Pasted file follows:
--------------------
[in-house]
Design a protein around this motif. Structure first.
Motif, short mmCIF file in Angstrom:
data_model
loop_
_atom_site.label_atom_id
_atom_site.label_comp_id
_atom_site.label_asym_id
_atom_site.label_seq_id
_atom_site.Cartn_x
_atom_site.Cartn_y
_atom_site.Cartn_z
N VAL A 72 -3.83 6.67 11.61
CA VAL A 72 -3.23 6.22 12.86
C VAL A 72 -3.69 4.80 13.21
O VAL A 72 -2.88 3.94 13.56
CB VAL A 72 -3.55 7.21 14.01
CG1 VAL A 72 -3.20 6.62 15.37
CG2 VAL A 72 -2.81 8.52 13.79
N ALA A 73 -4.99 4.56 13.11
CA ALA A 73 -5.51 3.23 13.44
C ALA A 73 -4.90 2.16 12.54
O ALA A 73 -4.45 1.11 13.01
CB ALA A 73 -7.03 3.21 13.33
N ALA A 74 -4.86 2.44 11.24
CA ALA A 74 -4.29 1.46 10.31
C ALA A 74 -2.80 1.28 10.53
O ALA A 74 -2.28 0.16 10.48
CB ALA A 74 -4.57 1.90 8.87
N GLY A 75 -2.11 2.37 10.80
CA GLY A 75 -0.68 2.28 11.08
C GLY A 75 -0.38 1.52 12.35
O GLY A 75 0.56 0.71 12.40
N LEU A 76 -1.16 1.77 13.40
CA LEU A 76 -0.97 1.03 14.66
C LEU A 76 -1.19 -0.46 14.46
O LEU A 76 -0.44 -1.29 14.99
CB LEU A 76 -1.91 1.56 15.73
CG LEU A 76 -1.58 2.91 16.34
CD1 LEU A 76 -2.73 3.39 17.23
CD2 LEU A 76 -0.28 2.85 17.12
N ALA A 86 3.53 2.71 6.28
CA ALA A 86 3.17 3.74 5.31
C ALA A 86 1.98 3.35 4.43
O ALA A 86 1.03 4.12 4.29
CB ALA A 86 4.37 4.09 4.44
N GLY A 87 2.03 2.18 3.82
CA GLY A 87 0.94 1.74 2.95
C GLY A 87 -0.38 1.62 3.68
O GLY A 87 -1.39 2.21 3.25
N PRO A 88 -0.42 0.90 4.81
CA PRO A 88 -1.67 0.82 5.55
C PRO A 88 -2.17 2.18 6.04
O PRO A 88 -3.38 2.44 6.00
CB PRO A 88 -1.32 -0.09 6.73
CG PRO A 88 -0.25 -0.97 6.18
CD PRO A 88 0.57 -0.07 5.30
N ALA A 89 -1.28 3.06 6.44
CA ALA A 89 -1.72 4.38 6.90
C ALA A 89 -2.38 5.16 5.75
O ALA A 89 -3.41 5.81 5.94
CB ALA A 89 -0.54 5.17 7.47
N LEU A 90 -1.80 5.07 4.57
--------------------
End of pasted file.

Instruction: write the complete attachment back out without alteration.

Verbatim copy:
[in-house]
Design a protein around this motif. Structure first.
Motif, short mmCIF file in Angstrom:
data_model
loop_
_atom_site.label_atom_id
_atom_site.label_comp_id
_atom_site.label_asym_id
_atom_site.label_seq_id
_atom_site.Cartn_x
_atom_site.Cartn_y
_atom_site.Cartn_z
N VAL A 72 -3.83 6.67 11.61
CA VAL A 72 -3.23 6.22 12.86
C VAL A 72 -3.69 4.80 13.21
O VAL A 72 -2.88 3.94 13.56
CB VAL A 72 -3.55 7.21 14.01
CG1 VAL A 72 -3.20 6.62 15.37
CG2 VAL A 72 -2.81 8.52 13.79
N ALA A 73 -4.99 4.56 13.11
CA ALA A 73 -5.51 3.23 13.44
C ALA A 73 -4.90 2.16 12.54
O ALA A 73 -4.45 1.11 13.01
CB ALA A 73 -7.03 3.21 13.33
N ALA A 74 -4.86 2.44 11.24
CA ALA A 74 -4.29 1.46 10.31
C ALA A 74 -2.80 1.28 10.53
O ALA A 74 -2.28 0.16 10.48
CB ALA A 74 -4.57 1.90 8.87
N GLY A 75 -2.11 2.37 10.80
CA GLY A 75 -0.68 2.28 11.08
C GLY A 75 -0.38 1.52 12.35
O GLY A 75 0.56 0.71 12.40
N LEU A 76 -1.16 1.77 13.40
CA LEU A 76 -0.97 1.03 14.66
C LEU A 76 -1.19 -0.46 14.46
O LEU A 76 -0.44 -1.29 14.99
CB LEU A 76 -1.91 1.56 15.73
CG LEU A 76 -1.58 2.91 16.34
CD1 LEU A 76 -2.73 3.39 17.23
CD2 LEU A 76 -0.28 2.85 17.12
N ALA A 86 3.53 2.71 6.28
CA ALA A 86 3.17 3.74 5.31
C ALA A 86 1.98 3.35 4.43
O ALA A 86 1.03 4.12 4.29
CB ALA A 86 4.37 4.09 4.44
N GLY A 87 2.03 2.18 3.82
CA GLY A 87 0.94 1.74 2.95
C GLY A 87 -0.38 1.62 3.68
O GLY A 87 -1.39 2.21 3.25
N PRO A 88 -0.42 0.90 4.81
CA PRO A 88 -1.67 0.82 5.55
C PRO A 88 -2.17 2.18 6.04
O PRO A 88 -3.38 2.44 6.00
CB PRO A 88 -1.32 -0.09 6.73
CG PRO A 88 -0.25 -0.97 6.18
CD PRO A 88 0.57 -0.07 5.30
N ALA A 89 -1.28 3.06 6.44
CA ALA A 89 -1.72 4.38 6.90
C ALA A 89 -2.38 5.16 5.75
O ALA A 89 -3.41 5.81 5.94
CB ALA A 89 -0.54 5.17 7.47
N LEU A 90 -1.80 5.07 4.57